positive businesswoman doing paperwork in office

Solving for Good

You’re at the end of your day and you’re feeling pretty low energy. Not necessarily exhausted, but just run down and lackluster with your performance today. Sure, you completed that tough task, finished that punishing project, or successfully navigated that complicated conversation.

But at the end of the day, all you can think about is how you blew it in that meeting with your direct report. You could have said this, or you should have said that. It’s really gnawing away at you, and you can’t seem to let it go.

Why do we torture ourselves with these infuriating and demoralizing thoughts? Why do we focus so much on what we did wrong instead of what we did well?

I have a theory about this.

When we do something well, there is nothing to solve. Everything went great. There’s nothing to improve.

And so our brain gets bored almost immediately, and seeks out a nice, juicy problem to solve. Fortunately for our brains, there are loads of things we could do better each day. Unfortunately for our mindset and well-being, those are like booze to an alcoholic. We know it is destructive behavior, and yet we can’t quite curb the urge.

While our brains are having a rousing good time running over every single scenario of how we could have done or said something differently, our mindset and well-being are slowly getting crushed with the guilt, disappointment, and regret that keep showing up in every iteration our brain presents.

It’s a cruel game our brain plays with us. So let’s make a plan to beat our brain at its own game.

What do I mean by this?

Let’s play to balance the field. Our brain is going to naturally seek out places to solve problems, so we let it do it’s thing. If it finds a situation where we could have done better, great! Let’s solve that problem together.

We’ll set a time limit for exactly how long we will spend hashing it out in our minds and when the time is up, we work on something else.

But this time, since we are seeking to balance the playing field, we set our sights on solving something from the positive side of our day. We now focus on a really great performance we had today.

And we figure out how to repeat that behavior again and again.

Just like an athlete tries to correct inconsistencies in their swing, their jump, their throw, they also practice their perfect shot, their perfect sprint, their perfect block. Athletes know that while it is important to correct improper form, it is critical to their success to be able to perform perfectly through repeated practice of those things they already do very very well.

So how do we do this in our everyday lives?

It starts with making a Ta-Da list. You’ve heard me talk about this before. It’s not a To-Do list of all the things you have to do in a day; it’s a list of all the accomplishments you made during the day. They may sound like the same list just created at different times of the day. And they may well be, but I’m pretty sure they won’t match up line for line.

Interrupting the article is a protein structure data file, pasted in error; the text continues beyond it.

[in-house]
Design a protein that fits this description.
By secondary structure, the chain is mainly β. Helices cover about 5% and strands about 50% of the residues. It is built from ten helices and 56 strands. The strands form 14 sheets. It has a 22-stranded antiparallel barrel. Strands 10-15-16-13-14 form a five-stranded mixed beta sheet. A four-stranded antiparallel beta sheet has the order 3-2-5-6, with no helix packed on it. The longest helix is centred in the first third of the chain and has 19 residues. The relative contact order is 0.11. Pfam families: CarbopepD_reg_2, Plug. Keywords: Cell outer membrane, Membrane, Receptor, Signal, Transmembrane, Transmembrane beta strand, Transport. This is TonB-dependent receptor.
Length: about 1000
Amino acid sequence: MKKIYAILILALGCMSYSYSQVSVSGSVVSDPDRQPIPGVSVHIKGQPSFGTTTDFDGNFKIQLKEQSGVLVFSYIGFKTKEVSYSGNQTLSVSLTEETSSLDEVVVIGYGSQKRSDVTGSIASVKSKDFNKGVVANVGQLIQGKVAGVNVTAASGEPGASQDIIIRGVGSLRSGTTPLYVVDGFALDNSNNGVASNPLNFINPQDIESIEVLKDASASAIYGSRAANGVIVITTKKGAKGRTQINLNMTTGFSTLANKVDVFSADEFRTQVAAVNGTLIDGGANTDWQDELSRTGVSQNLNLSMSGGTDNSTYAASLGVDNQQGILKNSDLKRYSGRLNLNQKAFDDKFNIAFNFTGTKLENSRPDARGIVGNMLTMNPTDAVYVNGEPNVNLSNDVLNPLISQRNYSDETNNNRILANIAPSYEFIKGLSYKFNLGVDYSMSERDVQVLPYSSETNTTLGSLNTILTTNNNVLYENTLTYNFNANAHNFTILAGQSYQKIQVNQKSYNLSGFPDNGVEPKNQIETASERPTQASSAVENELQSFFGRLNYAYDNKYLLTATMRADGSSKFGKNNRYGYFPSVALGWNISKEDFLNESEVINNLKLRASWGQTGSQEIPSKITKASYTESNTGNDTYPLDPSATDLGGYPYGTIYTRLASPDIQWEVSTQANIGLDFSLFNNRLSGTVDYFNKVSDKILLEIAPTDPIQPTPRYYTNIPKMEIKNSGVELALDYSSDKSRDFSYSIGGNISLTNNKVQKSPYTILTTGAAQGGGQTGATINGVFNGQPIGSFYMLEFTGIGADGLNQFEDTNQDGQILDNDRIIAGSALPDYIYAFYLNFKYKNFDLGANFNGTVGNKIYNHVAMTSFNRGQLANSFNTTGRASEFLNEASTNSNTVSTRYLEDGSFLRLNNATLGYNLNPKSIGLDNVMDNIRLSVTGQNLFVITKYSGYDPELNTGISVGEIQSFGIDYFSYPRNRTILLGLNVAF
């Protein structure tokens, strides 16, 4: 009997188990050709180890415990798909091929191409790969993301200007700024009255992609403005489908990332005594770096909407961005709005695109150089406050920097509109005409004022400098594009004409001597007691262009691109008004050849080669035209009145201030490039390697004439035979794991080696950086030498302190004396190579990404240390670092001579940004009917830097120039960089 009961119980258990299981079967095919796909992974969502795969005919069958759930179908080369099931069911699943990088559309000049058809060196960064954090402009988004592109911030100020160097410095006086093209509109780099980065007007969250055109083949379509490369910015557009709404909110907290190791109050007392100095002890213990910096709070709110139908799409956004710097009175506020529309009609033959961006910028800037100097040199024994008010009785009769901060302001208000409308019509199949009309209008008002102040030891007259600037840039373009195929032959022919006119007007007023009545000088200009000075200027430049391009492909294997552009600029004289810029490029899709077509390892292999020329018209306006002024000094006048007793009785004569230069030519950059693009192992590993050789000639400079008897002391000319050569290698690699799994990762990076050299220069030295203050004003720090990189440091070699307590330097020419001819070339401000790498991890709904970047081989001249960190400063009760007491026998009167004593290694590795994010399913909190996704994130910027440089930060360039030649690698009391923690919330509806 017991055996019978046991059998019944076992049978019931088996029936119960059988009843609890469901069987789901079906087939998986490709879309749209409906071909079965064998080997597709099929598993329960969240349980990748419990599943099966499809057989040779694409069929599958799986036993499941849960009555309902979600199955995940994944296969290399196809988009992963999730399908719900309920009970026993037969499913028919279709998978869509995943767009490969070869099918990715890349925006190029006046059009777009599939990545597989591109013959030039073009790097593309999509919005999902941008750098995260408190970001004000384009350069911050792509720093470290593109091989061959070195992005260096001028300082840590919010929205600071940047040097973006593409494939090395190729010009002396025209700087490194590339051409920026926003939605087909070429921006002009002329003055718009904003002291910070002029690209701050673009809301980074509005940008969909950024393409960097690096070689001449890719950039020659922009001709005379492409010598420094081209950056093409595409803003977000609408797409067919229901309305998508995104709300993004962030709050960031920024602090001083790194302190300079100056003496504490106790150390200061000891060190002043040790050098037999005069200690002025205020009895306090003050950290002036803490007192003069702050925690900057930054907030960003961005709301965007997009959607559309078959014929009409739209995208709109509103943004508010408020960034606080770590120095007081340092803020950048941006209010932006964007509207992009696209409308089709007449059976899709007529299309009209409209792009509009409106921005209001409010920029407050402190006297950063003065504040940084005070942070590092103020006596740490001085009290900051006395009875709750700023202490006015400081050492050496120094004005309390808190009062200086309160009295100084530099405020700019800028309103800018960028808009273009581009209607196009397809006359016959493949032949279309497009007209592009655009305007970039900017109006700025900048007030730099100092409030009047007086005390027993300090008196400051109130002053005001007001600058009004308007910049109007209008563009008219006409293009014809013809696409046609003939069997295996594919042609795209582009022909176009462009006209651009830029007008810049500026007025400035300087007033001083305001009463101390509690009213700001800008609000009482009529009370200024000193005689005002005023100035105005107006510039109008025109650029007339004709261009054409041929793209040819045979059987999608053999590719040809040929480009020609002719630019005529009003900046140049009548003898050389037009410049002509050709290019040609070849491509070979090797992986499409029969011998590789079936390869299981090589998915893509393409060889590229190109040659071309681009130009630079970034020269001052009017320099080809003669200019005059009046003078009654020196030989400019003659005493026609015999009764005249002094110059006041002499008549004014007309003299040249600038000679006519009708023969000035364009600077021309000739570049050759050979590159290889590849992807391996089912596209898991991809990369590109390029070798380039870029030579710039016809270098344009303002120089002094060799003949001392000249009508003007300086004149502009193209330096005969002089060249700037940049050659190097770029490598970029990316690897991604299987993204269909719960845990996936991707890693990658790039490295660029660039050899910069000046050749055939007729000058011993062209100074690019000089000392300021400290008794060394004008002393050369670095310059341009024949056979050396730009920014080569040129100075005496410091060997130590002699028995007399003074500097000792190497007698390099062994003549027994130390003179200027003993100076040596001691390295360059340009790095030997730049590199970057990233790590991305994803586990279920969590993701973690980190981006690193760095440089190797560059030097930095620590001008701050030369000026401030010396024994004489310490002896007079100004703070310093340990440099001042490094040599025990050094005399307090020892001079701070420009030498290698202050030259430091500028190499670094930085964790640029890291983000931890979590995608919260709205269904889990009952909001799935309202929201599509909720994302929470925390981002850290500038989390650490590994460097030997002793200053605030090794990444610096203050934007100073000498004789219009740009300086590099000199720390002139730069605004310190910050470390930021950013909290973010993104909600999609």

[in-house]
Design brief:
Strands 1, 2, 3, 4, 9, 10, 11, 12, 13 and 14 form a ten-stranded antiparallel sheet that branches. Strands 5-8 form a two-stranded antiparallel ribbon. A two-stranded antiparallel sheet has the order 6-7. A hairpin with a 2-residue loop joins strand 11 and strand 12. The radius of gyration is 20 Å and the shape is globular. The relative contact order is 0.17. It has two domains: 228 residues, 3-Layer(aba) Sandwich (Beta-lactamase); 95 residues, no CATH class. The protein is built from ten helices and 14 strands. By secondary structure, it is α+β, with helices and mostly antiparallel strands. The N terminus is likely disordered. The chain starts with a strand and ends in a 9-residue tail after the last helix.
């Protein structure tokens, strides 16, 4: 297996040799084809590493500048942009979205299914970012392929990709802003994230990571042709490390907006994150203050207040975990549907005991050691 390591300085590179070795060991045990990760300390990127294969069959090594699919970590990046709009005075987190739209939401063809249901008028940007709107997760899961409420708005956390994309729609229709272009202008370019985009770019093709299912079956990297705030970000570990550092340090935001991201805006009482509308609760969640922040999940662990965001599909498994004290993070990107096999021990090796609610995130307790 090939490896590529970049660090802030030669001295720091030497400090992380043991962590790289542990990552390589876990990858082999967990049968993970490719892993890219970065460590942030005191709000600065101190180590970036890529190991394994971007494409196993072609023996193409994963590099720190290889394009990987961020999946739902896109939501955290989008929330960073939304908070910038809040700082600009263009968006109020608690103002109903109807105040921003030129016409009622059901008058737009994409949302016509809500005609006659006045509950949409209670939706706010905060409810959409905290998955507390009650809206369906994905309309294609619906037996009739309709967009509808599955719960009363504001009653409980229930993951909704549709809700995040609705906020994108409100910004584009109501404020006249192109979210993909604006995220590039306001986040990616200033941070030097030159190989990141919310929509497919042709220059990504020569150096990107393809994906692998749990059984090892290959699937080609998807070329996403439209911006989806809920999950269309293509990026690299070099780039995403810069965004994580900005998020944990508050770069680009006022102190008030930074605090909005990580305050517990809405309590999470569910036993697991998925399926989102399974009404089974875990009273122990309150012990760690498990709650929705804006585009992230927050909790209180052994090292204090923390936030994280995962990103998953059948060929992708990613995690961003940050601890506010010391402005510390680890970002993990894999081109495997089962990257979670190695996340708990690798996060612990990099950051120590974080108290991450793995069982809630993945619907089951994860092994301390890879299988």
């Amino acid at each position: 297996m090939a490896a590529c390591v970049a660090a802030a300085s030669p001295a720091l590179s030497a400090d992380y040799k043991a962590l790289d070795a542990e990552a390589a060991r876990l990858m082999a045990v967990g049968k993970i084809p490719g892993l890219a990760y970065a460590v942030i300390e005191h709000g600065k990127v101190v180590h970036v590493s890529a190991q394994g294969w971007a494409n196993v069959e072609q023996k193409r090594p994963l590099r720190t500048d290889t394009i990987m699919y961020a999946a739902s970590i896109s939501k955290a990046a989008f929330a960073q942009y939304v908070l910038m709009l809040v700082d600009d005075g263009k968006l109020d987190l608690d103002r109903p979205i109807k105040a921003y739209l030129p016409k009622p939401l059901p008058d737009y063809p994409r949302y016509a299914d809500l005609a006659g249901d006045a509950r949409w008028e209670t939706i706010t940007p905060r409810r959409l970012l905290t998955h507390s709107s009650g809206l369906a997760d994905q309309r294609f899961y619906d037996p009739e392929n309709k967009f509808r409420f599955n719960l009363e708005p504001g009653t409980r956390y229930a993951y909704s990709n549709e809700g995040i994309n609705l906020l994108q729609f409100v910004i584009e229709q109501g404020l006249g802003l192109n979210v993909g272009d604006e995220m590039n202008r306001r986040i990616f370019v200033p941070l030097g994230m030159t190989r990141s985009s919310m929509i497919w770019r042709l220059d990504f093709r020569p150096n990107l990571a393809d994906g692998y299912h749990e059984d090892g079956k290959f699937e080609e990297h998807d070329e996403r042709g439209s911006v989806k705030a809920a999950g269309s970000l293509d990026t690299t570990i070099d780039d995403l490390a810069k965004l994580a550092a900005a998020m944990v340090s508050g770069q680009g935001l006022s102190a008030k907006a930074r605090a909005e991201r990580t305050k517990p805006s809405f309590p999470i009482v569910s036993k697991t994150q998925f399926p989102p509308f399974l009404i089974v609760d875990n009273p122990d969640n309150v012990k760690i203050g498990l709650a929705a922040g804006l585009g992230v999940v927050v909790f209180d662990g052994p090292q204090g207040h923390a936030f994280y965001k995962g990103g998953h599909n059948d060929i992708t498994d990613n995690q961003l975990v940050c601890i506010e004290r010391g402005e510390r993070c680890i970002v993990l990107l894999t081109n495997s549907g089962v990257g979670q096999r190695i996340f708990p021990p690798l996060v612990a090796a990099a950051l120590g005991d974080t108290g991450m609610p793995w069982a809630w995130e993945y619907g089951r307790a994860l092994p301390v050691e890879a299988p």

You see your To-Do list is premeditated; it’s preparation for what you want to accomplish. That’s a great way to start your day. But your Ta-Da list is a compilation of all the things you did but didn’t really expect or necessarily plan for, and you are delighted with the outcomes. And that is a great way to end your day!

Some of the things on your Ta-Da list might be making the bed, making a new friend, avoiding an argument, or maybe not judging yourself harshly in a difficult moment.

These “wins” may seem small, but so are the mistakes we make.

Look, if we can beat ourselves up about those little mistakes we make during the day, we can certainly build ourselves up about the little victories we achieve along the way.

So we have our Ta-Da list and it has three or four or maybe more things we are really proud of on it. Now it’s time to problem solve just like we do with those mistakes that we make.

For each event/accomplishment on your list, ask three questions and be sure to write down your answers.

  1. Who or what caused this event/accomplishment to happen?
  2. What are you feeling now as you recount this event/accomplishment?
  3. What can you do to increase the chance of creating this opportunity again?

It may sound simple, but taking time to focus on accomplishments you are proud will help you balance the field of negative to positive interrogation. Don’t let your brain beat you at this game. You’ve done amazing things today, and so many more are yet to come.

Anticipate good things will happen. Fully engage in them when they do. And celebrate them thoughtfully and purposefully to find ways to generate repeated successful events.

Your Mindful Moment:

No one attains success by removing mistakes. They excel and achieve by repeating what they already do very well.

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Jimmy Glenos is a Work/Life Performance Coach. He helps people achieve their biggest dreams, reach their highest energy, and attain total work/life fulfillment. With over 30 years of hospitality and health care experience, Jimmy brings deep knowledge and insight to help people lead at work and succeed in life.

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